Sometimes people ask, “What is it like to be a camp director?”
This question has many variations. Some wonder about camper interaction, others ask about counselors, yet others want to know what a typical day looks like. Lots of people wonder “what do you do the rest of the year?”
If you have any such questions, this is the blog for you!
Q: How do you stay “cool” in the eyes of campers?
A: You don’t, not a prayer. Unless you are willing to learn the fashions, influencers, music and YouTube memes, you will always be out-of-touch. Since “cool” is rather unattainable, we shoot for “wise” and “quirky”. When we meet with the Senior Campers (roughly twice weekly), we share information that transcends generations – how to lead, the value of empathy, the power of posture, etc. So they appreciate us despite our hipness deficit [Note: the fact that I use the word “hip” makes it perfectly clear that we are not.] We also are not scared to dress oddly and be silly.
Q: Is it hard to connect with the college-aged counselors?
A: This is the challenge we spend most of our time focusing on. There is some natural disconnect – even distrust – between people our age [I am 54, Susie Ma’am has had multiple 39thbirthdays] and 18-25 year olds. This is one of the reasons we spend so much time with the Senior Campers. When they later become counselors in future summers, they vouch for us. We also design our orientation so that the counselors know how much we care about them and about our mission. We want them to understand how being a counselor at camp will serve them later in life – in relationships, as parents and even as teammates/employees. We also join them in the non-drinking pledge and they see us working the same hours they work.
Q: What does a typical day look like?
A: There are no typical days.
Q: OK, smart-aleck – describe your schedule.
A: We generally wake at 6:30-6:45 and get through emails and prepare for morning announcements at 7:45 flag-raising. We go to every meal – this is the best casual way to check in on counselors and campers and to get the “feel” of the camp. We have a Leadership meeting from 8:30-9:15. During the day, we respond to questions (both spoken and emailed) from our leadership staff, nurse, campers, counselors, neighbors, vendors, our support team and parents. Some days, we meet with cabins for fun (Friendship Games and Man Cave) or with the Senior Campers. In the evenings, we generally check out the special activity, see Torchlight and then wrap up any outstanding issues from the day. Somewhere in there, I write a blog. We are generally in bed by 10:00-10:30.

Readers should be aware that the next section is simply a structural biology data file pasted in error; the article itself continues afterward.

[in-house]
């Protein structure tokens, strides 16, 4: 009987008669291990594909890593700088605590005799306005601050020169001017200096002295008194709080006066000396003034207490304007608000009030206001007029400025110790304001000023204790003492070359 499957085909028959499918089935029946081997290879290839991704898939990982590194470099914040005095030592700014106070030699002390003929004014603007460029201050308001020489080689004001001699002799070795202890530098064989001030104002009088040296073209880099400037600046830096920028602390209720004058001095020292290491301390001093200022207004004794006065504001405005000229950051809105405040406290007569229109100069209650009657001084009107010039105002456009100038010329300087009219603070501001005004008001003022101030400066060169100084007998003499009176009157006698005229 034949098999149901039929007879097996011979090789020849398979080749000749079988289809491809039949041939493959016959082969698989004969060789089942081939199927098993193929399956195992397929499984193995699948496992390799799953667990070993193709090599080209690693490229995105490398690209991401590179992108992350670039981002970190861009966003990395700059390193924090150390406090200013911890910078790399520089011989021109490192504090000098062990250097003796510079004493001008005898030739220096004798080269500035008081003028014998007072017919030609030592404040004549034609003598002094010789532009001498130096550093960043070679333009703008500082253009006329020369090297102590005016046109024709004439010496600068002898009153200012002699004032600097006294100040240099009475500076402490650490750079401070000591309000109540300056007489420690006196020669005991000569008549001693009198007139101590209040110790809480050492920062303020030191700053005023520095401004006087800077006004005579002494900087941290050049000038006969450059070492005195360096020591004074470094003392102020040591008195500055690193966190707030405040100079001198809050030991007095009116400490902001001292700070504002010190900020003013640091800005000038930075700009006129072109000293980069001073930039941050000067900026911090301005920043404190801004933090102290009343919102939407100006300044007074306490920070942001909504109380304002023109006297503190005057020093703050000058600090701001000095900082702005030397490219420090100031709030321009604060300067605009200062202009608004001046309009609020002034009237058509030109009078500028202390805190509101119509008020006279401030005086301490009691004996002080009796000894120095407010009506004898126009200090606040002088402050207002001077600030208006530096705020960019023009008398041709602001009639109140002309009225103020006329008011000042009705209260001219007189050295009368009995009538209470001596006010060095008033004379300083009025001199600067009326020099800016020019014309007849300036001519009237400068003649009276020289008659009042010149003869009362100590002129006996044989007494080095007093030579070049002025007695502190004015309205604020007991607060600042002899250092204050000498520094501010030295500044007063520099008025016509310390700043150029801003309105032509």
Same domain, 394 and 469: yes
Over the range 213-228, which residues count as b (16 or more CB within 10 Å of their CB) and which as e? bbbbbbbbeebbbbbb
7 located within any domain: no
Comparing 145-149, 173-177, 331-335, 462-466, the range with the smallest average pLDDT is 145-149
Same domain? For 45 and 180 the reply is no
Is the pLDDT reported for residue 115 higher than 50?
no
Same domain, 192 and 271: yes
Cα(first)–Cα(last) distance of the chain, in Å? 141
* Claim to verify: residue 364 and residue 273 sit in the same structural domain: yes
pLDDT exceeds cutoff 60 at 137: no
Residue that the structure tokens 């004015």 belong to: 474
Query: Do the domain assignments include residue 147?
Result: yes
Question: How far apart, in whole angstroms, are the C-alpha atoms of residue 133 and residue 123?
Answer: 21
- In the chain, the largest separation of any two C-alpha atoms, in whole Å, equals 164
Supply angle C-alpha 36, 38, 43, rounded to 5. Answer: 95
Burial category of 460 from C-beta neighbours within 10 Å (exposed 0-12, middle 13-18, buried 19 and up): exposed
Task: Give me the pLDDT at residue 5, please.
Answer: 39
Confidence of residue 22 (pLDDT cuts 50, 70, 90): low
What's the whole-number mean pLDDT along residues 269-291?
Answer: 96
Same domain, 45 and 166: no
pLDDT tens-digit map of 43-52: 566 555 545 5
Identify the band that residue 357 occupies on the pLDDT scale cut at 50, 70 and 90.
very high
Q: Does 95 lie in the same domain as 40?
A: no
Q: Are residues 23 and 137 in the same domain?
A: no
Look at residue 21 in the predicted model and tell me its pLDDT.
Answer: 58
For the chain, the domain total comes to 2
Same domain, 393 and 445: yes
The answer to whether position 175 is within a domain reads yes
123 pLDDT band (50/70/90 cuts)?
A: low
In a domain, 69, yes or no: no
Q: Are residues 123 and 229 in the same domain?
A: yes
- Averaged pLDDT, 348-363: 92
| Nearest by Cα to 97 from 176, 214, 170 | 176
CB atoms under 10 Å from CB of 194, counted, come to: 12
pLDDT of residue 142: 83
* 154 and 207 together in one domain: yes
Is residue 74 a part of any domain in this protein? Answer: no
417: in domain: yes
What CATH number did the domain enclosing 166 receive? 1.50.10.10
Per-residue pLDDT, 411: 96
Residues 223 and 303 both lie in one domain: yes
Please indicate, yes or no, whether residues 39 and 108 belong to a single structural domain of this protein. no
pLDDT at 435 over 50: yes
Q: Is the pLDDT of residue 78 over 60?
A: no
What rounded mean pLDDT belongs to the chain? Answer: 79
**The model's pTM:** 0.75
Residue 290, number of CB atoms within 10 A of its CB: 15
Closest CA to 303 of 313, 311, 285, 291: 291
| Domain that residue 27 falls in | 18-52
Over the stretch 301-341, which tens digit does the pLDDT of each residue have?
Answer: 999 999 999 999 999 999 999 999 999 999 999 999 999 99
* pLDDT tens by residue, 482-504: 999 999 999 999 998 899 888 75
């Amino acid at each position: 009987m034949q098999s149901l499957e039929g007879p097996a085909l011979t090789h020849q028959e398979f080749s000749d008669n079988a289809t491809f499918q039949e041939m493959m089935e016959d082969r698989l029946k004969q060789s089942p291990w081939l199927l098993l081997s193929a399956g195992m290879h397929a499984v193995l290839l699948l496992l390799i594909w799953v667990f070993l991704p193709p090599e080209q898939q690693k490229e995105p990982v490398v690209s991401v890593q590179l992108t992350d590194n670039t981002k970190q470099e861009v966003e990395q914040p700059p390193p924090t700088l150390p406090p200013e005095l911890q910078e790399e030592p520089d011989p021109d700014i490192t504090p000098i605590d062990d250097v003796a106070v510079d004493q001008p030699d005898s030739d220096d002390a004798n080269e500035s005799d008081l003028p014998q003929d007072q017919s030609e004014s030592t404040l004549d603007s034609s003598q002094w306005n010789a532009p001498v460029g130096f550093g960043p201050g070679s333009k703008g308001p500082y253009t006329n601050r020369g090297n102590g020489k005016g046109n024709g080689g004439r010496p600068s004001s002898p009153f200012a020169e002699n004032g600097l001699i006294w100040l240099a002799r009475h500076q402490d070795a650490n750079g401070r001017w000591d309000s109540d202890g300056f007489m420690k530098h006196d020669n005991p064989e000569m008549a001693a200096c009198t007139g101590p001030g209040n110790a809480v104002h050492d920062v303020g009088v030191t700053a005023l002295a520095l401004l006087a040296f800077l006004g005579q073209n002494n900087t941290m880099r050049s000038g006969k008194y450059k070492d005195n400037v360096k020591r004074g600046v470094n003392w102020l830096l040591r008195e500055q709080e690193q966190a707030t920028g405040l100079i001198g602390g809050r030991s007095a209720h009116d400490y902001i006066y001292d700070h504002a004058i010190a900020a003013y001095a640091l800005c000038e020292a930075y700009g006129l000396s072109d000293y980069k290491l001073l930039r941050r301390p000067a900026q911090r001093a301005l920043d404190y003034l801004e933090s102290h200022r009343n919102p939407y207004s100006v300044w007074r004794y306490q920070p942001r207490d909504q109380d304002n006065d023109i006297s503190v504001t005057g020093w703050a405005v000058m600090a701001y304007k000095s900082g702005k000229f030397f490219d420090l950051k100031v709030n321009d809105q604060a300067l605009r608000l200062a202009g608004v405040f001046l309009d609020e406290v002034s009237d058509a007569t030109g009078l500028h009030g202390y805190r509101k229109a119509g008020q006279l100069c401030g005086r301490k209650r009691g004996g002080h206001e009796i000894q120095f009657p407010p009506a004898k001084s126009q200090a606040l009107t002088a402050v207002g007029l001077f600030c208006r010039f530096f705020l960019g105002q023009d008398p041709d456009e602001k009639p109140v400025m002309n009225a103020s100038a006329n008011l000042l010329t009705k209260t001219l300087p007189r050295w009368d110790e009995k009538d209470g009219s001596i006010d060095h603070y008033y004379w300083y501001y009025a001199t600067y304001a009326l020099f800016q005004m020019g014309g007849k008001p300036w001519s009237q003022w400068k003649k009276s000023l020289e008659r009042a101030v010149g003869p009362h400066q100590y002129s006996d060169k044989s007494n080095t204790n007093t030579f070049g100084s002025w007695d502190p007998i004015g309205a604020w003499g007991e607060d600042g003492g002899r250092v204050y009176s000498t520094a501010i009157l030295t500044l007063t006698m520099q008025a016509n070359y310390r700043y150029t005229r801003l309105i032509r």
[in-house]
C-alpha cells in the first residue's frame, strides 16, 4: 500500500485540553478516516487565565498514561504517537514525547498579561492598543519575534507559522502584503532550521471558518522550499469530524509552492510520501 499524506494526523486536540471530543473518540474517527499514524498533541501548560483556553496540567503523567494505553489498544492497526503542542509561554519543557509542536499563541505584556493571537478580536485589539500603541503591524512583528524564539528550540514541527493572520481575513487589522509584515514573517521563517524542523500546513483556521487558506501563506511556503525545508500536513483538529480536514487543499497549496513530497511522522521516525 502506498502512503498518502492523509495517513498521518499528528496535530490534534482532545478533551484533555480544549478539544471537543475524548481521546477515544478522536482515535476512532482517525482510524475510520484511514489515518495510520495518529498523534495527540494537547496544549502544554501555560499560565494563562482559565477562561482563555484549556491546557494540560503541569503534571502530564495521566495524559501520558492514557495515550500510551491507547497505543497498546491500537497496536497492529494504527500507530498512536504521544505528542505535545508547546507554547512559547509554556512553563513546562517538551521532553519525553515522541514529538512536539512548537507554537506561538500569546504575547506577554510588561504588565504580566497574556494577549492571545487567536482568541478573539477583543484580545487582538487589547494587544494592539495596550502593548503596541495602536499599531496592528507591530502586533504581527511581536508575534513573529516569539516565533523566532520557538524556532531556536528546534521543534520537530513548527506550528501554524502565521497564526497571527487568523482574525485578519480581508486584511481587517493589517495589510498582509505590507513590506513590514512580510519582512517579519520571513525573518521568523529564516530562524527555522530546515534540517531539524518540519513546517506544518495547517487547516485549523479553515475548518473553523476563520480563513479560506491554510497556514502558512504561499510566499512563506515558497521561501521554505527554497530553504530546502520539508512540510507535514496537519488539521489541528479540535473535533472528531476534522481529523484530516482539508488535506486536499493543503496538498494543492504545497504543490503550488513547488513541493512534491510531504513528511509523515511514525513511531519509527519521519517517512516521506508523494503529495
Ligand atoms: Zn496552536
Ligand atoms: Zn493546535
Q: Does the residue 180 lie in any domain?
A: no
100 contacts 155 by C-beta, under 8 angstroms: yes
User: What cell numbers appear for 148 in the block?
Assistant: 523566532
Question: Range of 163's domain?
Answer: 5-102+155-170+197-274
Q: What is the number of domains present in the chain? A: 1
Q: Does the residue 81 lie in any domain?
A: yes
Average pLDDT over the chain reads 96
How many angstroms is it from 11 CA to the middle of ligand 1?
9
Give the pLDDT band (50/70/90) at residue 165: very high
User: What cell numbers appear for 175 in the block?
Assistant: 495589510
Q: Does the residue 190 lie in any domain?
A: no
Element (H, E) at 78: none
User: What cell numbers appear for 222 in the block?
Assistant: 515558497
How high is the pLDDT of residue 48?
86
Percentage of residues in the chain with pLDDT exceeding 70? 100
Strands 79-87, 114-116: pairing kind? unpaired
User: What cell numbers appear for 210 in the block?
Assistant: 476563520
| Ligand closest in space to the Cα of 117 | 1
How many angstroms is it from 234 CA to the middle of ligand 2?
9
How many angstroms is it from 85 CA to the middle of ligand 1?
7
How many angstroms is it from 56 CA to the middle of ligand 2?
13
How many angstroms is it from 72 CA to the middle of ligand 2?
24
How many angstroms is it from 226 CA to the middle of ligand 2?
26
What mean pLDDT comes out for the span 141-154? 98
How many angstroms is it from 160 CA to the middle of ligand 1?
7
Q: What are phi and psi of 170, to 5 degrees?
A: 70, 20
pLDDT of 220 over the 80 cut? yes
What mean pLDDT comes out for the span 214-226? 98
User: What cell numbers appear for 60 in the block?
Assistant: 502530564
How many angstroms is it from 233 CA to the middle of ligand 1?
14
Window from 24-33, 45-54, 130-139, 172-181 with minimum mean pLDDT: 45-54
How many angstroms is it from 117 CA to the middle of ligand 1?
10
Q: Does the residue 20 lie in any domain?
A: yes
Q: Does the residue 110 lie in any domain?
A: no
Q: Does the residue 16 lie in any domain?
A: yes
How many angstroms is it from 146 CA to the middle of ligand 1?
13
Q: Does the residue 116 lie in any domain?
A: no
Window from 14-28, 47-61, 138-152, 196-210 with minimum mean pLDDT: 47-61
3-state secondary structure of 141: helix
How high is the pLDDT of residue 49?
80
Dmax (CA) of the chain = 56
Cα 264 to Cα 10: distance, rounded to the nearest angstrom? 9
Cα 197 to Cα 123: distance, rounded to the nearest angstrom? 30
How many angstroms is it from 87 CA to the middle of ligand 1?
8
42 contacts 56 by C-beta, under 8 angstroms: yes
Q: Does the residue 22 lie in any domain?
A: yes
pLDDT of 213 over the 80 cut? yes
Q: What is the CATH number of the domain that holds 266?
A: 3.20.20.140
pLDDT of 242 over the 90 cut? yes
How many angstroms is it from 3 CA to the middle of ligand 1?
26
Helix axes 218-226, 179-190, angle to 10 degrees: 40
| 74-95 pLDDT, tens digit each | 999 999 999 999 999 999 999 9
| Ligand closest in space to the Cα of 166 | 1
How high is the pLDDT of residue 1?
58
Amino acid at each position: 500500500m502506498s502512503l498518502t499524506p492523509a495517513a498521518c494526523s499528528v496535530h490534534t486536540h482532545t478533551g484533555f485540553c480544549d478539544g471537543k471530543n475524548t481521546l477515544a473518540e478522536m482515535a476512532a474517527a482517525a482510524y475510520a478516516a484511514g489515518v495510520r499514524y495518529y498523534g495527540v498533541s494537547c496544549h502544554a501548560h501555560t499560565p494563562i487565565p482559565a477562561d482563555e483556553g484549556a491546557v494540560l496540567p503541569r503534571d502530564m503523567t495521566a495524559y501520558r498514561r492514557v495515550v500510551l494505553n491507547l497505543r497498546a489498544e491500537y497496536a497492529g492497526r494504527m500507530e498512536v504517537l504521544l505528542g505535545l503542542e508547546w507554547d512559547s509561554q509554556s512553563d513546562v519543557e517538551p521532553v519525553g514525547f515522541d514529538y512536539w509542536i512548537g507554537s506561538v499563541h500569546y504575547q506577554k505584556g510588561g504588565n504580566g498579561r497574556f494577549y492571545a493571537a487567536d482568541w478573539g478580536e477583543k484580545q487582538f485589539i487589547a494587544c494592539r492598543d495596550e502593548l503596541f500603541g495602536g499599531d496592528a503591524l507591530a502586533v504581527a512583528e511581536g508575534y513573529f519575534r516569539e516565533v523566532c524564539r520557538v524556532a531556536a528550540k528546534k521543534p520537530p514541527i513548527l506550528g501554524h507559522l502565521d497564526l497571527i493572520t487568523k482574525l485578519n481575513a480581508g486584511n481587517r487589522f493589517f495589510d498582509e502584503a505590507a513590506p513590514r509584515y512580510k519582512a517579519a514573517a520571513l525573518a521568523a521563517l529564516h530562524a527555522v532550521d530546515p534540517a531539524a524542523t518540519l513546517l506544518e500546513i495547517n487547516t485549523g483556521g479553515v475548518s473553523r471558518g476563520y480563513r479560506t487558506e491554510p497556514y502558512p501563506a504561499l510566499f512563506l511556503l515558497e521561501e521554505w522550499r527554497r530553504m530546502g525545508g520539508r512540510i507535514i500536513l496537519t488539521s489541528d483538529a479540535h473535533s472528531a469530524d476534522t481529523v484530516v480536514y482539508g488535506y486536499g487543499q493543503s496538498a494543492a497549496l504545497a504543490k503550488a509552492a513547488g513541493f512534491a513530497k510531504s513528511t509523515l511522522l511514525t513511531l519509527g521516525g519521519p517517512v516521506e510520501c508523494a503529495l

Q: Generally? What changes this routine?
A: I am so glad you asked. We get curve balls all the time. Here are two examples from the last 24 hours. We have a counselor working next session who was scheduled to arrive at 5pm yesterday. Her flight kept getting delayed and was eventually cancelled around midnight. During that period, we were arranging for different people to pick her up and/or for places for her to stay. Once the flight was cancelled, we stopped our efforts, but this took us to midnight. This morning, we were scheduled to have our Boys Lake Swim (for our 7thand 8thgrade boys). That would entail a 6:00am wake-up. At 5:15am, we heard thunder. So we got up, looked at the radar, checked for lightning and decided to reschedule the swim to a different day. So these events combined to keep us up late (without resolving the issue since the counselor did not get to Austin) and get us up extra early (without actually accomplishing anything).
Q: How important are naps?
A: Like gold ingots.
Q: How many times did you change outfits yesterday? [OK, I realize that you were probably not wondering about this one, but it has a fun answer.]
A: 8 times.
1. I started wearing a tie-dyed red/blue shirt for Trojan/Spartan games.
2. I changed to a swimsuit and swimshirt to officiate a canoe race.
3. I returned to the tie-dye.
4. We changed into our camp uniforms to welcome some new campers.
5. I returned to the tie dye.
6. At dinner, we honored our 8thgraders with a special meal (the T-Bone Club). We dress up for this. So I wore a kilt – my go to formal wear.
7. We changed into white shirts for Vespers, our Sunday evening discussion about our values and gratitude.
8. We go to bed after switching to sleep attire.
Q: What do you do the rest of the year?
A: Many of us (about 7) work on camp year-round. We recruit counselors and campers from 6 continents. We have camper reunions. We attend 5-7 conferences as speakers or attendees. Last year, I testified for the National Academies of Sciences, Engineering and Medicine about the education benefits of camp. We plan improvements, keep in touch with our families and think of new activities. Meanwhile, a separate team runs an outdoor education program called The Outdoor School during the weekdays in the fall and spring. On the weekends, we have retreats, often Girl Scouts. Our favorite weekend is Family Camp in September (more on that soon).
Q: Do you ever wonder why you agreed to the non-drinking policy like everyone else?
A: On occasion.
Q: Would you want to be anywhere else?
A: No way!
PS We had an awesome, big moon yesterday. Here is a look after we served "Sunday Sundaes".